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A Court Has Backed Trump’s Bid to Replace the Head of the U.S. Consumer Finance Watchdog

November 29, 2017, 3:26 AM UTC

A U.S. District Court judge on Tuesday sided with President Donald Trump in a legal battle over who should be in charge of the U.S. consumer finance watchdog, allowing White House budget director Mick Mulvaney to serve as acting head.

Judge Timothy Kelly ruled against Leandra English, deputy director of the Consumer Financial Protection Bureau (CFPB) who claimed to be its rightful interim director. He denied her request for a temporary restraining order to block Mulvaney’s appointment.

She had argued in a lawsuit suit filed on Sunday that the 2010 Dodd-Frank Wall Street reform law that created the CFPB stipulates that the agency’s deputy director is to take over in the short term.

In its defense filed on Monday night, the Trump administration said the 1998 Federal Vacancies Act gives the White House the ultimate power to say who is in charge and granting the restraining order would be an extraordinary intrusion into the executive branch.

Kelly sided with the White House’s interpretation of the law following a hearing on Tuesday afternoon.

“Undeniably, the CFPB was intended to be independent, but it is part of the executive branch,” Kelly, a Trump appointee, said.

The decision was a blow for Democrats and consumer advocacy groups who had rallied to English’s cause, fearing the agency will be weakened by Mulvaney, one of its fiercest critics.

CFPB Director Richard Cordray, a Democrat appointed by the Obama administration, resigned on Friday and named English to lead the agency until a new director was confirmed by the U.S. Senate, a process that could take months.

Hours later, Trump said Mulvaney would lead the agency on an interim basis, sparking an unprecedented showdown.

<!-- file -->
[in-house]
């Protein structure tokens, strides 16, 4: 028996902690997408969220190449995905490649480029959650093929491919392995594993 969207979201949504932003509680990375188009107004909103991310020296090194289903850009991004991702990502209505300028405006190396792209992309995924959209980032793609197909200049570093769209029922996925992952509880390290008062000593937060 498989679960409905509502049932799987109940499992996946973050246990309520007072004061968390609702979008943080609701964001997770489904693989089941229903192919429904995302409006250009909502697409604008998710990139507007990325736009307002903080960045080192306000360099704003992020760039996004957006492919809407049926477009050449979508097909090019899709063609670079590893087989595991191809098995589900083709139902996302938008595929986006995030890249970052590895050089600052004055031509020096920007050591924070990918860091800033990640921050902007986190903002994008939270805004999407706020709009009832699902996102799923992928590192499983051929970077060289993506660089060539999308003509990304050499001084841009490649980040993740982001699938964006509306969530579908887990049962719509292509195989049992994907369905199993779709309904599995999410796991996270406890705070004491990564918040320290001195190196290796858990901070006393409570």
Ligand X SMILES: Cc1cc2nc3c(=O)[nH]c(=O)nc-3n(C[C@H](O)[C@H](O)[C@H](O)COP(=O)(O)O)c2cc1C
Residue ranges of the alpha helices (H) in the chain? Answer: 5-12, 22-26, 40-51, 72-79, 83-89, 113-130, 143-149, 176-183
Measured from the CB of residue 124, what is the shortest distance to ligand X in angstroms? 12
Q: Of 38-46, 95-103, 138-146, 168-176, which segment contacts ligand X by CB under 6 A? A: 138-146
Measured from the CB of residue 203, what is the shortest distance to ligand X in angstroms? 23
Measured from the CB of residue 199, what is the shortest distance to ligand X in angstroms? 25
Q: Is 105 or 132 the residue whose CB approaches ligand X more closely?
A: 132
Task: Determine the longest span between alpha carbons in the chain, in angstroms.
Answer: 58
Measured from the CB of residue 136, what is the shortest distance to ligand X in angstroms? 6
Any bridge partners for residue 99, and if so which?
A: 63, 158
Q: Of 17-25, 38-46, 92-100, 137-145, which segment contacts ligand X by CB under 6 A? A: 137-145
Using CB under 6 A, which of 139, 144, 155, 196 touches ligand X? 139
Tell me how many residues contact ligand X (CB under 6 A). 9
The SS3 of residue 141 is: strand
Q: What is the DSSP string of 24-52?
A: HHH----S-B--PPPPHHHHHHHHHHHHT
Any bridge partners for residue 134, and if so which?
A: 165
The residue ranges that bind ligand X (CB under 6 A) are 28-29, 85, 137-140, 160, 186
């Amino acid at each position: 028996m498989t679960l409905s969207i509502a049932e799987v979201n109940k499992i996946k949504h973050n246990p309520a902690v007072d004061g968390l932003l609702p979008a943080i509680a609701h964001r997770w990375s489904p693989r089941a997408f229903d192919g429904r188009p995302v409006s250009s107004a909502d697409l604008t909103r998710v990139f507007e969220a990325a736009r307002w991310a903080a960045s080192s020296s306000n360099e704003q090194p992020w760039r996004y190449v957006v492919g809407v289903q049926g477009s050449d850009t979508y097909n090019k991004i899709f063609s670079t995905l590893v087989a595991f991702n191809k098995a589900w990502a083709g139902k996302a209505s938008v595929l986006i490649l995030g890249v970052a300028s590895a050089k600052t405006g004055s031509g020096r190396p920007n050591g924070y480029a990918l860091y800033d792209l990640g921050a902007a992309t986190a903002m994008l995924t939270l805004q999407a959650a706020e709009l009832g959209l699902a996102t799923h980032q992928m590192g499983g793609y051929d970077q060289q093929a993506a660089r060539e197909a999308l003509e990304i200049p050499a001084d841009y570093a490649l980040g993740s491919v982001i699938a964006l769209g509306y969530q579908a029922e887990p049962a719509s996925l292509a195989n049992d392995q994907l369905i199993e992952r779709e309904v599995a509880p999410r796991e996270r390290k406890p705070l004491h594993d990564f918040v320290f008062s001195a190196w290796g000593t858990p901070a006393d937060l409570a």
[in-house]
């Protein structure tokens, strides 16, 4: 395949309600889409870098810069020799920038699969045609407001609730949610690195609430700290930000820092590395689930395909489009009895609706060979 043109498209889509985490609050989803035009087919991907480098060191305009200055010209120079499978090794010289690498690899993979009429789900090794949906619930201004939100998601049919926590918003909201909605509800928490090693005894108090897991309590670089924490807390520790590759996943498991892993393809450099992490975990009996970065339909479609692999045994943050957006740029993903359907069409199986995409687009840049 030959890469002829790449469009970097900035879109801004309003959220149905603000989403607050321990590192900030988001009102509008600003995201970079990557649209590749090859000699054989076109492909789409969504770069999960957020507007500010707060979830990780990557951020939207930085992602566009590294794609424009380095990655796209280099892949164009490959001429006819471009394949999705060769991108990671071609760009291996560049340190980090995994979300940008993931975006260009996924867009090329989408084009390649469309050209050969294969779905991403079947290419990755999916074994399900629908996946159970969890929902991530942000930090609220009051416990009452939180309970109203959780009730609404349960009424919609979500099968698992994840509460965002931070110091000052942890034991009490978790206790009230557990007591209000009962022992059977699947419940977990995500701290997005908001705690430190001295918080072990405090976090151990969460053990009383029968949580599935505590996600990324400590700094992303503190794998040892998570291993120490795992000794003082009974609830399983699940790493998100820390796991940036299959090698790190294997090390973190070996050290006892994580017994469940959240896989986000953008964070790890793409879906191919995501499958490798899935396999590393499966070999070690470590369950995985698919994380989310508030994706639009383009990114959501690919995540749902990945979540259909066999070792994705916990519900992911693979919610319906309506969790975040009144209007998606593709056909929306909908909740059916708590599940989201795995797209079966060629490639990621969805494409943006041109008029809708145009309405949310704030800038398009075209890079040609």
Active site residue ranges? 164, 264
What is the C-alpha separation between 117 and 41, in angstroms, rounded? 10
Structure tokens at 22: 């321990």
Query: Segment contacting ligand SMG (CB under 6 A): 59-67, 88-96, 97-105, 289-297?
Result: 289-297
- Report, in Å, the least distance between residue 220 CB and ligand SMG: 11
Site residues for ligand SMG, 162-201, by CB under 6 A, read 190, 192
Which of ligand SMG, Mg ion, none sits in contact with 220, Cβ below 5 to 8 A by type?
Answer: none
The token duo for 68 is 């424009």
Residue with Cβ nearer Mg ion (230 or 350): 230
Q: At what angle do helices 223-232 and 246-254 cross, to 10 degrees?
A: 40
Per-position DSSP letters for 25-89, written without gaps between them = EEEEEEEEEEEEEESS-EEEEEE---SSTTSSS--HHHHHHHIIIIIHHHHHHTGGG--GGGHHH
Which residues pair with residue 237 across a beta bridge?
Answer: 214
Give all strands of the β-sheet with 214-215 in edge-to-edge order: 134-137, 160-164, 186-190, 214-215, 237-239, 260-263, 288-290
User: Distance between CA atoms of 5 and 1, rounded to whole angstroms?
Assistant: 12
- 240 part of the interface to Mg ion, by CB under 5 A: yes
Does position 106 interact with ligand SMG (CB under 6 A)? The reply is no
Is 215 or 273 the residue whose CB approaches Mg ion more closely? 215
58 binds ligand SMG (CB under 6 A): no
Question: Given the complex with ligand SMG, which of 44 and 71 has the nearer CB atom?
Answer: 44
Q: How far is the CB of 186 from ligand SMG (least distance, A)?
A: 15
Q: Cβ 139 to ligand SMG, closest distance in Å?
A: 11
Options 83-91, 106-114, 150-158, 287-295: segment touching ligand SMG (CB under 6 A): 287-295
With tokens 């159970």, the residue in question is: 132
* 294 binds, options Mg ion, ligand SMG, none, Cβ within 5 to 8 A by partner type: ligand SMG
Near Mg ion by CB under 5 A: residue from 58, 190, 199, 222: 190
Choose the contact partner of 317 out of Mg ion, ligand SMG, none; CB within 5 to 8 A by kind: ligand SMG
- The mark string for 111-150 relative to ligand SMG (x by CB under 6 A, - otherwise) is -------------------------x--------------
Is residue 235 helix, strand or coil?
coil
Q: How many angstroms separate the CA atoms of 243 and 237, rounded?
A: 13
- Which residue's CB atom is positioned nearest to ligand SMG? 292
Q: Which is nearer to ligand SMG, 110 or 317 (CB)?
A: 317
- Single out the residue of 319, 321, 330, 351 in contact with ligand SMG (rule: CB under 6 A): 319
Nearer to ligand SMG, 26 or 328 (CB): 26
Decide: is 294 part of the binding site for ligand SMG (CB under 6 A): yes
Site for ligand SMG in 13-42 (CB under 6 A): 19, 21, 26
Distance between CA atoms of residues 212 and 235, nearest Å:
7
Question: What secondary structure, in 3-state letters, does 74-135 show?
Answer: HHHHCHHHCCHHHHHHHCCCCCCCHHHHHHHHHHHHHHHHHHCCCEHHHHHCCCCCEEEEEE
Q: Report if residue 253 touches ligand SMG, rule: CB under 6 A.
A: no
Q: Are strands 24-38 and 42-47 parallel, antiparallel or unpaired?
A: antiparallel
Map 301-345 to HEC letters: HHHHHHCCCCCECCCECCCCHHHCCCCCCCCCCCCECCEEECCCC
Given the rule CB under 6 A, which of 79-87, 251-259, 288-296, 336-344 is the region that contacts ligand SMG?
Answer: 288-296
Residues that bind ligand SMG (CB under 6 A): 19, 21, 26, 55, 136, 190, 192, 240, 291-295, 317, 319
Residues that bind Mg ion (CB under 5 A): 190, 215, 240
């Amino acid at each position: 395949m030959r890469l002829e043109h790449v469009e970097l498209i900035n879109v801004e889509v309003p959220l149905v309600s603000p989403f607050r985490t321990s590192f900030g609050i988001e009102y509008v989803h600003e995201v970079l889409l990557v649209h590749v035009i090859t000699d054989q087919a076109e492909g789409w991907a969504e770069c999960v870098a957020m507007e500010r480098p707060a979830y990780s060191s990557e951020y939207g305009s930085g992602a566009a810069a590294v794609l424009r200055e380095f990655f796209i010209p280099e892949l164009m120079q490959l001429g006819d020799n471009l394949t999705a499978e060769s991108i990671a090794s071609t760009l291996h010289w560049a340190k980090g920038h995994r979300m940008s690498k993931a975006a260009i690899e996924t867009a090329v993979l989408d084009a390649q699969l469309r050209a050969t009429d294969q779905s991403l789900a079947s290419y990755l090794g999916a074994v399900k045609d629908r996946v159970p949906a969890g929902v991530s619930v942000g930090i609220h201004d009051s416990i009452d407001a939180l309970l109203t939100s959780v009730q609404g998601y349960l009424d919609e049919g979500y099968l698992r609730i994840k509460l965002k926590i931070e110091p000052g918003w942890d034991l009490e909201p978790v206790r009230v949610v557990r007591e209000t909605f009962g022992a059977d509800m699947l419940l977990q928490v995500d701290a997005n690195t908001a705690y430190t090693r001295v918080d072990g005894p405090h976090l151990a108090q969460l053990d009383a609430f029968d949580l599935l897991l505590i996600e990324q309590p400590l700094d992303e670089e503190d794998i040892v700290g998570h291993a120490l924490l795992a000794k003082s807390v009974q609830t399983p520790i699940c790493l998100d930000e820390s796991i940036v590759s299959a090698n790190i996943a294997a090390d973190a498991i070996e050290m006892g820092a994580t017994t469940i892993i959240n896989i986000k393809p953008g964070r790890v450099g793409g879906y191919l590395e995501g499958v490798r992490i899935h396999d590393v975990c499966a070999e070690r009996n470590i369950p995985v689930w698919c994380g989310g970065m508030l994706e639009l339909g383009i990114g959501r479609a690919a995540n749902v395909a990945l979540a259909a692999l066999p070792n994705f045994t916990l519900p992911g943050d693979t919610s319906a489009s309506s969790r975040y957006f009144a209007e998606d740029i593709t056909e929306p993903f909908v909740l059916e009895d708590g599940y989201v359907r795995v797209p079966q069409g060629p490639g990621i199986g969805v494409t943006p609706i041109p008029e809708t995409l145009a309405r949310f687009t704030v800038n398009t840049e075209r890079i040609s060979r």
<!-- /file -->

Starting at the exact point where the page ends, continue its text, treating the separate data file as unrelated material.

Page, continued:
The CFPB was created to crack down on predatory financial practices after the 2007-2009 financial crisis, but it is reviled by Republicans who say it is too powerful.

Speaking to reporters outside the court in Washington, English’s lawyer, Deepak Gupta, said he would ultimately seek to take the case to a higher court.

“I think whatever happens here there is going to be an appeal,” he said.

The White House applauded the ruling. “It’s time for the Democrats to stop enabling this brazen political stunt by a rogue employee and allow Acting Director Mulvaney to continue the bureau’s smooth transition into an agency that truly serves to helpconsumers,” Deputy Press Secretary Raj Shah said.

Trump has long sought to weaken or abolish the 1,600-employee agency, saying too many regulations are suffocating lending. Mulvaney sought to dismantle the CFPB when he served as a Republican in the U.S. House of Representatives.

Democrats say the agency needs to oversee consumer financial products such as mortgages and have power over large non-bank financial companies to protect borrowers.

To fight the ruling, English’s next step would be to seek a preliminary injunction against the administration. If that is dismissed, English can appeal the ruling in Circuit Court, legal experts said.

“The ball is now back in English’s court,” said Alan Kaplinsky, head of the consumerfinancial services group for law firm Ballard Spahr.